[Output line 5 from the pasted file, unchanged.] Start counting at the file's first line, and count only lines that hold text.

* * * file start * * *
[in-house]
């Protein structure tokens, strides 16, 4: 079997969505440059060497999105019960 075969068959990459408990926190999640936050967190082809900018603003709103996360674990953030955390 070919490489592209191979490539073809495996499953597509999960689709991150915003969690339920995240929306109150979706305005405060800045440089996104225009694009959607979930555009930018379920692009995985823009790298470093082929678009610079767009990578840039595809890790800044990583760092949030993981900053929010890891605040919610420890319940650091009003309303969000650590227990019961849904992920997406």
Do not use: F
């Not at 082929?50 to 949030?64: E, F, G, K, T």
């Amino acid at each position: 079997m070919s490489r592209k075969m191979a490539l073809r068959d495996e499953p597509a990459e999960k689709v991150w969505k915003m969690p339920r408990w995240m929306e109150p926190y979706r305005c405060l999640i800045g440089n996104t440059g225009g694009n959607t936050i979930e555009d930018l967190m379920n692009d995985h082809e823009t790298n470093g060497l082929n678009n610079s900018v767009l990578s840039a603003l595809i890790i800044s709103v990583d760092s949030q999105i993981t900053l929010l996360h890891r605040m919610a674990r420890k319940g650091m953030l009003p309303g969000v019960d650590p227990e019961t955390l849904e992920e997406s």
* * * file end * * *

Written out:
């Amino acid at each position: 079997m070919s490489r592209k075969m191979a490539l073809r068959d495996e499953p597509a990459e999960k689709v991150w969505k915003m969690p339920r408990w995240m929306e109150p926190y979706r305005c405060l999640i800045g440089n996104t440059g225009g694009n959607t936050i979930e555009d930018l967190m379920n692009d995985h082809e823009t790298n470093g060497l082929n678009n610079s900018v767009l990578s840039a603003l595809i890790i800044s709103v990583d760092s949030q999105i993981t900053l929010l996360h890891r605040m919610a674990r420890k319940g650091m953030l009003p309303g969000v019960d650590p227990e019961t955390l849904e992920e997406s």